While evidence of success in teaching goal setting techniques has been reported in the literature for individuals with mental retardation or cognitive disabilities, a recent review of self-management interventions for students with ASD reported a paucity of goal setting research for students on the Autism spectrum (Carr, Moore, & Anderson, 2014a). Carr, Moore & Anderson (2014b) conducted a broader systematic literature review of goal setting research to address the knowledge gap regarding implications of goal setting for students with ASD. Their review was limited to single-case research designs (SCDs) to better examine the effects of individualized interventions, as is typical in special education research (Horner, Carr, Halle, McGee, Odom, & Wolery 2005).

Carr et al. (2014b) reported that, while the data set they developed from published literature provided preliminary support for the effectiveness of goal setting techniques in a wide variety of interventions, little SCD research on goal setting has been conducted with students on the Autism spectrum (Carr et al. 2014b). Amongst the broader population, upon whom the data set was based, self-monitoring was included in two thirds of the studies. Several of these studies noted that the participants valued establishing goals independently and self-monitoring their progress. Feedback was described in almost half of the interventions, with original author reports suggesting that feedback information contributed significantly to achieving positive outcomes in intervention.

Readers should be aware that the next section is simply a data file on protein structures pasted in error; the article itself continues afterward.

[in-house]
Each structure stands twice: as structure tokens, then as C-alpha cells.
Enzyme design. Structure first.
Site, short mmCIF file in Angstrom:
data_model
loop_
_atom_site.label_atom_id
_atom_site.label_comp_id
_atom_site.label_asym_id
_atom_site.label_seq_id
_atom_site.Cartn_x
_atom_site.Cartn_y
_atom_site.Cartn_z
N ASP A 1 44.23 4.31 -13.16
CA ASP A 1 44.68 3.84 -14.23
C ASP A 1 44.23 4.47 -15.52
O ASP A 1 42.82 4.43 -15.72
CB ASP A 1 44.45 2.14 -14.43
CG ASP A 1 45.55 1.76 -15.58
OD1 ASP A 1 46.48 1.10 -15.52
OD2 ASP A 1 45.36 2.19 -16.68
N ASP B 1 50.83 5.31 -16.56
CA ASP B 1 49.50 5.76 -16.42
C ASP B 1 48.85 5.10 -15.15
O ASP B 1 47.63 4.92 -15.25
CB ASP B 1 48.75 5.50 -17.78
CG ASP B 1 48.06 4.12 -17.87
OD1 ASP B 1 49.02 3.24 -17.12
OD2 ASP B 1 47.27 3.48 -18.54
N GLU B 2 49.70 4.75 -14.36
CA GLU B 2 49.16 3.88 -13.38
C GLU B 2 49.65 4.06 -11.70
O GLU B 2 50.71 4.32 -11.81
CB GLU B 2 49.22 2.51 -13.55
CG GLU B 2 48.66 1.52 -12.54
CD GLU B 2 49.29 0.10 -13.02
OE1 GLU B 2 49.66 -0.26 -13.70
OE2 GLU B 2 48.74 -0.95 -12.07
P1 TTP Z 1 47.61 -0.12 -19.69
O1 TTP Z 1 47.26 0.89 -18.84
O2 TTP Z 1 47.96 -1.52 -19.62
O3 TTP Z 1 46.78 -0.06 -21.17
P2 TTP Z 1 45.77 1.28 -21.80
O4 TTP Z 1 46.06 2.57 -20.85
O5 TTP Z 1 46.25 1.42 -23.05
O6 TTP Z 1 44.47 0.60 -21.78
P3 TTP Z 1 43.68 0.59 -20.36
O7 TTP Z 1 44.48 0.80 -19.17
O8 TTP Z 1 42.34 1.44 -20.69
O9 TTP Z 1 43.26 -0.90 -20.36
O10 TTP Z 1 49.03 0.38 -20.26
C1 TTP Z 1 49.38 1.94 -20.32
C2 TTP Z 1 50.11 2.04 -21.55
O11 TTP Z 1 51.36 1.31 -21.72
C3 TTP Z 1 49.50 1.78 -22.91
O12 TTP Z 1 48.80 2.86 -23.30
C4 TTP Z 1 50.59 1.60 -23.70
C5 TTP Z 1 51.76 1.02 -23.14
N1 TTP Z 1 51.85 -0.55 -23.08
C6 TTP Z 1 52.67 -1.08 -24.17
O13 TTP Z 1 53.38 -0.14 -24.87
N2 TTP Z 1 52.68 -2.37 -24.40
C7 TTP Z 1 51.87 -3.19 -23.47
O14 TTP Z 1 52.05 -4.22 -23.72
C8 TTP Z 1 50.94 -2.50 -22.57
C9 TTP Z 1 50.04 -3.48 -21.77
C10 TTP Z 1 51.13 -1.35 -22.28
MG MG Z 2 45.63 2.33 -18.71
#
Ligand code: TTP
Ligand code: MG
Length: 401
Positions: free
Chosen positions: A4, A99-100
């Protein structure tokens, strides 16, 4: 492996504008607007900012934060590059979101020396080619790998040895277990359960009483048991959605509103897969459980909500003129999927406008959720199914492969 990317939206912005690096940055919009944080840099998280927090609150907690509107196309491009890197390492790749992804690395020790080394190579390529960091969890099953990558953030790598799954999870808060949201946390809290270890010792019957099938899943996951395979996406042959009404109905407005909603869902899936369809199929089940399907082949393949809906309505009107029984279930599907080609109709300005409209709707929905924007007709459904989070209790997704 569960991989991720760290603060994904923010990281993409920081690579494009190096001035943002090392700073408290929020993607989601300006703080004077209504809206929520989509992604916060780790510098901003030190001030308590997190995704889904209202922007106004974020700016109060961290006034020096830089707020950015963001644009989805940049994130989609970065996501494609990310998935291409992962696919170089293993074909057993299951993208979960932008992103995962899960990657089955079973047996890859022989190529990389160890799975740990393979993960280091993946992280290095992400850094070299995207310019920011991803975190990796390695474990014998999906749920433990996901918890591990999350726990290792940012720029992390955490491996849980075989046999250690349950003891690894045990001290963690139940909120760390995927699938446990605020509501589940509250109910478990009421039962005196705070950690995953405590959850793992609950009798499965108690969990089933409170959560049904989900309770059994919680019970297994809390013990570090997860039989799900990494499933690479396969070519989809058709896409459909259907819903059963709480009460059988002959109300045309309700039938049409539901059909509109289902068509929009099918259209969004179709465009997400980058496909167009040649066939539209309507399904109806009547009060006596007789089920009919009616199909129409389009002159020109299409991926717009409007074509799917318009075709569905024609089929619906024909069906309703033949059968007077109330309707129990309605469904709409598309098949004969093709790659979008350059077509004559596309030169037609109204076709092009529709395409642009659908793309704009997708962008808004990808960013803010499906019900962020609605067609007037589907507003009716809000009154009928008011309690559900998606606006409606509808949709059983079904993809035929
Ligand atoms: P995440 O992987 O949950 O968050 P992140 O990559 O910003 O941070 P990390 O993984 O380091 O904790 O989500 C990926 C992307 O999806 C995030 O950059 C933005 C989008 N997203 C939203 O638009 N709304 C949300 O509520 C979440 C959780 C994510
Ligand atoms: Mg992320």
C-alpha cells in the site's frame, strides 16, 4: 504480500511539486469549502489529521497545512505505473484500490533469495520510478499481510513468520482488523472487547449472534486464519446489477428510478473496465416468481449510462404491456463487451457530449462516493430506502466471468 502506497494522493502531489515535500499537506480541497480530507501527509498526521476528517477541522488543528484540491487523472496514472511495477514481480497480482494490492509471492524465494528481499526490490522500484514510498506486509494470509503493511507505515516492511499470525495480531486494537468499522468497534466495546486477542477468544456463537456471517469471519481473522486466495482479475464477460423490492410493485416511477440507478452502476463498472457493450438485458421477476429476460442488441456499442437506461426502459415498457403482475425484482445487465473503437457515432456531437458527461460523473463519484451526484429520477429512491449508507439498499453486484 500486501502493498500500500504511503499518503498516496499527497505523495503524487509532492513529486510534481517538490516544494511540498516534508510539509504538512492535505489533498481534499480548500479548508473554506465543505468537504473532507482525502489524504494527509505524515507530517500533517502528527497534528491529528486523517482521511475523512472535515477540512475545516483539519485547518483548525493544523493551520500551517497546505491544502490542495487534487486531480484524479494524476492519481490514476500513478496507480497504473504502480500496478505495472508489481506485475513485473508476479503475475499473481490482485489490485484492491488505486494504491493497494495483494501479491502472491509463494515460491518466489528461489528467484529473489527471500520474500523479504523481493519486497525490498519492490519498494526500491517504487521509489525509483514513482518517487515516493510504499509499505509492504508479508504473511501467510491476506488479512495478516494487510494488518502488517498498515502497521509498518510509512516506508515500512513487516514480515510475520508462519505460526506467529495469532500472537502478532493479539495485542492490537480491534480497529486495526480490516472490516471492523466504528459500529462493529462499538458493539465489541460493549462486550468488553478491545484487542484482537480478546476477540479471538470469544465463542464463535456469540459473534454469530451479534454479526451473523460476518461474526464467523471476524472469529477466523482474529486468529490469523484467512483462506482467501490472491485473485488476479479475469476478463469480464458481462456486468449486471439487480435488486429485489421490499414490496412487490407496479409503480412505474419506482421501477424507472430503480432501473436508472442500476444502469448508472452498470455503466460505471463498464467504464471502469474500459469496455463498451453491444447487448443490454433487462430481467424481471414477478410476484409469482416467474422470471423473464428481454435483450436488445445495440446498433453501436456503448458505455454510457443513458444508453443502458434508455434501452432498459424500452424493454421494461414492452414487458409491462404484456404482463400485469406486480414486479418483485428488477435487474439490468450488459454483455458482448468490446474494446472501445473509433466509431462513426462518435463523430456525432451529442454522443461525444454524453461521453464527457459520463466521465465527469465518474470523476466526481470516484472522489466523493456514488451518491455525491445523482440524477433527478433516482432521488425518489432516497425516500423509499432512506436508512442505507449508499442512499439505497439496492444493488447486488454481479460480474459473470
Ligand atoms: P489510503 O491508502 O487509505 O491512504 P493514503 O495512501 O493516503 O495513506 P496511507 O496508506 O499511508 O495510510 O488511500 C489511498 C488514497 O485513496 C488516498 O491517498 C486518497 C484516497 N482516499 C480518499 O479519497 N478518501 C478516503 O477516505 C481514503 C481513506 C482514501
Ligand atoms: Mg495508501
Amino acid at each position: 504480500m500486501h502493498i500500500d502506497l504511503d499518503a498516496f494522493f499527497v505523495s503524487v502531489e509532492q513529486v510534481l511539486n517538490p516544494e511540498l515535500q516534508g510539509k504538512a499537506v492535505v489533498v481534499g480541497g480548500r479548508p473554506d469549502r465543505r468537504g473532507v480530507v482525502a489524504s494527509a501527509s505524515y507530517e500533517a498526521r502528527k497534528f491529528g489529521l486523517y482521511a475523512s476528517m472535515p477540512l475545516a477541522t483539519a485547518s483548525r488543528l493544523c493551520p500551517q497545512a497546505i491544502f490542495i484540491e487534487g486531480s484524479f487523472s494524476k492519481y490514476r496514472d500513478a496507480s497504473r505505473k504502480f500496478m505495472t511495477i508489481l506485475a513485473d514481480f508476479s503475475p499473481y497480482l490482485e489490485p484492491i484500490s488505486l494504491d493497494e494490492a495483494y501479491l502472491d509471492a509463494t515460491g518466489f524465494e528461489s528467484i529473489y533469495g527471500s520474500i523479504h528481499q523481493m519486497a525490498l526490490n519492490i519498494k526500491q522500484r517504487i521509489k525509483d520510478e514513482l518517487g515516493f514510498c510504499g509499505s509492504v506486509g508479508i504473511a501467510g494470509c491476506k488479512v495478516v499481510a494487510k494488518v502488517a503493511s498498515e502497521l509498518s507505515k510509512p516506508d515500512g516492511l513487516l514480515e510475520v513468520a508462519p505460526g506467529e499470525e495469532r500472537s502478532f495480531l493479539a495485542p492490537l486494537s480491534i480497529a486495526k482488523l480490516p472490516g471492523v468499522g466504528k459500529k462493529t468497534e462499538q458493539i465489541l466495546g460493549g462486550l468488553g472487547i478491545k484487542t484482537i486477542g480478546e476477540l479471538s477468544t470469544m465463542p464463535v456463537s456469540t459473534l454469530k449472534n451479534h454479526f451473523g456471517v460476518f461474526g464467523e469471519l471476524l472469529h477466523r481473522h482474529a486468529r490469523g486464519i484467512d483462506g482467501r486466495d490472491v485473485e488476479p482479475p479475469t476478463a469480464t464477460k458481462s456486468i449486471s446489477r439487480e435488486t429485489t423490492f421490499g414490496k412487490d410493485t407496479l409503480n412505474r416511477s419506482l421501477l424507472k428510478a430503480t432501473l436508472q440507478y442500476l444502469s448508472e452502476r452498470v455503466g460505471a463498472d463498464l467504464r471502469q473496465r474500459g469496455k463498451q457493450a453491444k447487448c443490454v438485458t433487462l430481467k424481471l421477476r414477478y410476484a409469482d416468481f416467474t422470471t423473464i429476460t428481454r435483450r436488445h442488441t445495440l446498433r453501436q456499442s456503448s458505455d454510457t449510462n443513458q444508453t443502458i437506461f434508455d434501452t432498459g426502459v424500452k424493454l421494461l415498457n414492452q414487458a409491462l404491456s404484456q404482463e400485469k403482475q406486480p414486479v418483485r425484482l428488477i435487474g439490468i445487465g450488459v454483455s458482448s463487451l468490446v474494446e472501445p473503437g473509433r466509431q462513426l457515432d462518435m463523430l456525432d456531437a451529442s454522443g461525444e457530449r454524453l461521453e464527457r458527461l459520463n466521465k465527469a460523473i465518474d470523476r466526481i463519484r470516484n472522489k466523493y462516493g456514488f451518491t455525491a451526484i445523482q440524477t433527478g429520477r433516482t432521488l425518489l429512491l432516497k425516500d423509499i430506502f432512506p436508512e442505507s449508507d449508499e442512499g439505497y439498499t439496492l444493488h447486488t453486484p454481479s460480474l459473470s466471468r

Carr et al. (2014b) argued that goal setting training may be important to include in treatment packages that aim to develop independence for students with ASD, and that development of effective goal setting techniques may be a vital skill for high functioning students who wish to pursue higher education. Additionally, as capability in goal setting appears to be developed over time, it was noted that training for generalization across tasks and settings and monitoring maintenance over time is of particular importance. While the data from the goal setting review is drawn from a variety of learner profiles (given the absence of research published with students with ASD), the original research reports have suggested that goal-setting skills are teachable.

With increasing numbers of highly capable students on the Autism spectrum now pursuing higher education and entering the work force, teaching self-management to adolescents is of utmost significance. Including goal setting in self-management support packages, and devoting adequate time to attain mastery of these skills is of critical importance to assist students, teachers, clinicians, and family members wishing to develop independence in this population. Additional information on goal setting and the implications for students with ASD may be found in the published review (Carr et al., 2014b).

Dr. Monica E. Carr is a Research Fellow at The University of Melbourne, Australia, and Member of the Board of Directors, Genesis School for Special Education, Singapore. For more information, please email